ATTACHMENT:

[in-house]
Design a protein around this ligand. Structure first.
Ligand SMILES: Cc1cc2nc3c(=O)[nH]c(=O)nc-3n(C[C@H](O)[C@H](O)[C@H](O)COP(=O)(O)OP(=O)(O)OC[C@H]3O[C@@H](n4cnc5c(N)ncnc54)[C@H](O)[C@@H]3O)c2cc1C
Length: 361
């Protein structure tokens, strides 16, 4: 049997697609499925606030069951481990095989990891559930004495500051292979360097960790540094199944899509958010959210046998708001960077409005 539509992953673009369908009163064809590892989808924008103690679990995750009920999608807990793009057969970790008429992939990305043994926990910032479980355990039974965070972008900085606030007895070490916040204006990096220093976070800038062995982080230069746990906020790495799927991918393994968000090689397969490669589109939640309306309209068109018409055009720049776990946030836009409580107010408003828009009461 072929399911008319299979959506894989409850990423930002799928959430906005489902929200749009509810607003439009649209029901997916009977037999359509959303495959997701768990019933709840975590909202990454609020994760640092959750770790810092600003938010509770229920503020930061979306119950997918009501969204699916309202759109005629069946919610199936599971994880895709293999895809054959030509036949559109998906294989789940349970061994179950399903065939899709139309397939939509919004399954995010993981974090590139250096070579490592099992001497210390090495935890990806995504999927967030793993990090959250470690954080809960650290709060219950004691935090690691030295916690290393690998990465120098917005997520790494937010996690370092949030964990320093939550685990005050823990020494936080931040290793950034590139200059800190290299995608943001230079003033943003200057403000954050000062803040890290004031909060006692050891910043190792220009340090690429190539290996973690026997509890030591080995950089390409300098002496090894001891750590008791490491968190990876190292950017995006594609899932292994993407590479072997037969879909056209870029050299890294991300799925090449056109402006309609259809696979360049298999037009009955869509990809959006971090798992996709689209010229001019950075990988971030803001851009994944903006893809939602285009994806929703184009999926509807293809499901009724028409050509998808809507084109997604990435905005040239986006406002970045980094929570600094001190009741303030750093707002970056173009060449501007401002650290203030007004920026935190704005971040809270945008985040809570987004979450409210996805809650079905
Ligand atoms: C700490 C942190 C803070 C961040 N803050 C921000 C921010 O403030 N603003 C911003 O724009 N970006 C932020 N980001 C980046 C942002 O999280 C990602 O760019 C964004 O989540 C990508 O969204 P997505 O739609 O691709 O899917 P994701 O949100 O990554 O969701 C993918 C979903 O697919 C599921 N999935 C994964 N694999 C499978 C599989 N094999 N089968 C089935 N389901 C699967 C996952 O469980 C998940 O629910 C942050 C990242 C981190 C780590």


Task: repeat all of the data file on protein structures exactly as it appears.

[in-house]
Design a protein around this ligand. Structure first.
Ligand SMILES: Cc1cc2nc3c(=O)[nH]c(=O)nc-3n(C[C@H](O)[C@H](O)[C@H](O)COP(=O)(O)OP(=O)(O)OC[C@H]3O[C@@H](n4cnc5c(N)ncnc54)[C@H](O)[C@@H]3O)c2cc1C
Length: 361
């Protein structure tokens, strides 16, 4: 049997697609499925606030069951481990095989990891559930004495500051292979360097960790540094199944899509958010959210046998708001960077409005 539509992953673009369908009163064809590892989808924008103690679990995750009920999608807990793009057969970790008429992939990305043994926990910032479980355990039974965070972008900085606030007895070490916040204006990096220093976070800038062995982080230069746990906020790495799927991918393994968000090689397969490669589109939640309306309209068109018409055009720049776990946030836009409580107010408003828009009461 072929399911008319299979959506894989409850990423930002799928959430906005489902929200749009509810607003439009649209029901997916009977037999359509959303495959997701768990019933709840975590909202990454609020994760640092959750770790810092600003938010509770229920503020930061979306119950997918009501969204699916309202759109005629069946919610199936599971994880895709293999895809054959030509036949559109998906294989789940349970061994179950399903065939899709139309397939939509919004399954995010993981974090590139250096070579490592099992001497210390090495935890990806995504999927967030793993990090959250470690954080809960650290709060219950004691935090690691030295916690290393690998990465120098917005997520790494937010996690370092949030964990320093939550685990005050823990020494936080931040290793950034590139200059800190290299995608943001230079003033943003200057403000954050000062803040890290004031909060006692050891910043190792220009340090690429190539290996973690026997509890030591080995950089390409300098002496090894001891750590008791490491968190990876190292950017995006594609899932292994993407590479072997037969879909056209870029050299890294991300799925090449056109402006309609259809696979360049298999037009009955869509990809959006971090798992996709689209010229001019950075990988971030803001851009994944903006893809939602285009994806929703184009999926509807293809499901009724028409050509998808809507084109997604990435905005040239986006406002970045980094929570600094001190009741303030750093707002970056173009060449501007401002650290203030007004920026935190704005971040809270945008985040809570987004979450409210996805809650079905
Ligand atoms: C700490 C942190 C803070 C961040 N803050 C921000 C921010 O403030 N603003 C911003 O724009 N970006 C932020 N980001 C980046 C942002 O999280 C990602 O760019 C964004 O989540 C990508 O969204 P997505 O739609 O691709 O899917 P994701 O949100 O990554 O969701 C993918 C979903 O697919 C599921 N999935 C994964 N694999 C499978 C599989 N094999 N089968 C089935 N389901 C699967 C996952 O469980 C998940 O629910 C942050 C990242 C981190 C780590």